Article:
This means I'm using a 64 bit processor. You may also see this written as AMD64 as well. Especially on Debian based distributions. Other architectures may be i386 or i686 for 32 bit processors. These are getting rare these days and CentOS doesn't officially come in a 32 bit version although one is available from a third party. The last bit of the package name is the extension. In our case it's rpm which stands for Red Hat package manager. There are several different package types, but most systems either use rpm or deb which is the Debian package format.
Now that we are sure that this package is the right version, it's made for our particular distribution, compiled for our processor and the package format is correct, we could download it by right-clicking and selecting save link as. However this is not usually the way software's installed in Linux and let me explain why. When we download a software from the internet we have to take extra steps to verify that the software doesn't contain any malware including viruses. Sometimes this can be difficult. There are facilities in place to make this process easier for Linux software packages.
Packages can be cryptographically signed with a key by the software developer. The corresponding public key is distributed and made accessible to the client. The software installer verifies the signature of the package using the corresponding key. If the software can be verified it is then installed. For every unique signature, a user has to import a public key. To make installing stand alone packages simple the developer may forgo the trouble of signing them. If the package is not signed, there's no easy way of telling if it has been altered or corrupted since the developer created it and should be avoided if possible.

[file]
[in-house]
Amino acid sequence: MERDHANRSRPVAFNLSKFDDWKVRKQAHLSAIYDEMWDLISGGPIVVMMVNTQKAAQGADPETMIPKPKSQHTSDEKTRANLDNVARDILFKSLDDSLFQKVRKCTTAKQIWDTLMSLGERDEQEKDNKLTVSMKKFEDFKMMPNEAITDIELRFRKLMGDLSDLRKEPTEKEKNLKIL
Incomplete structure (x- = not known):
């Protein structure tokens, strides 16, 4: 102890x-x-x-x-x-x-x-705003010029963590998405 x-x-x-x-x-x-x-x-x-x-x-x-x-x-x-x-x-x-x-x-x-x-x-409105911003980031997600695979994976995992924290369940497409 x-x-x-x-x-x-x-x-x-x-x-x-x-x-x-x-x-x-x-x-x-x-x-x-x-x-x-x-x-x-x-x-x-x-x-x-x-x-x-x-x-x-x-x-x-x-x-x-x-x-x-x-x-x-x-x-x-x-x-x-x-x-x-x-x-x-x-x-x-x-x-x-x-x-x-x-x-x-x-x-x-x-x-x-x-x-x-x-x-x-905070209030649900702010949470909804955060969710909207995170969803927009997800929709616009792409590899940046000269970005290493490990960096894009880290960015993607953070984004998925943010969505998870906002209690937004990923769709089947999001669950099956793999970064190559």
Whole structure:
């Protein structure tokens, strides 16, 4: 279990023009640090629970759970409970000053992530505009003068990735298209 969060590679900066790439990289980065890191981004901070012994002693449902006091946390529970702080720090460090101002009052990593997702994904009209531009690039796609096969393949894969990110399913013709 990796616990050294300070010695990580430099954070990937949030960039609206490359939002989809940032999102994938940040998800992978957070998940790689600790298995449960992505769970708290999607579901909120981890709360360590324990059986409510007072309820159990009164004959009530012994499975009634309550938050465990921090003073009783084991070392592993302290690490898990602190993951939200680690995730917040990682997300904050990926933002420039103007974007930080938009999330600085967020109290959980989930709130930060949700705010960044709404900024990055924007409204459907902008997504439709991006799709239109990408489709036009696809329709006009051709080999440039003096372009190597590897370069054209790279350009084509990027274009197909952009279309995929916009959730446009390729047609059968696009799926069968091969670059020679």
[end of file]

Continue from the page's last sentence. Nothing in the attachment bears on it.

Unsigned packages may contain malware. Also when trying to install a single stand alone package we may run into package dependency problems. A software package is designed to take advantage of other software components such as libraries that are already available. This means in the name of efficiency, it will rely on and need other software packages to be installed. For instance if the developers of a word processor want to include spellcheck ability, they would not include the spelling dictionaries in the package. They would just list the spellcheck package as a dependency.
This allows for smaller package sizes. This dependency would need to be installed before the word processor package was. Earlier we looked at the file name of the zip package. Here's a brief list of the dependencies that this package requires to install. If you try to install zip without first installing its dependencies, we'll get an error message and the installation will abort. It is possible to install software by downloading it from a website, but not without problems. I highly recommend considering the other options that we covered in this course.
- Linux software installation types
- Managing packages with RPM
- Verifying package attributes
- Validating package integrity
- Managing packages with Yum
- Getting information on packages and groups
- Managing OS updates
- Configuring Yum clients
- Managing repositories
- Troubleshooting Yum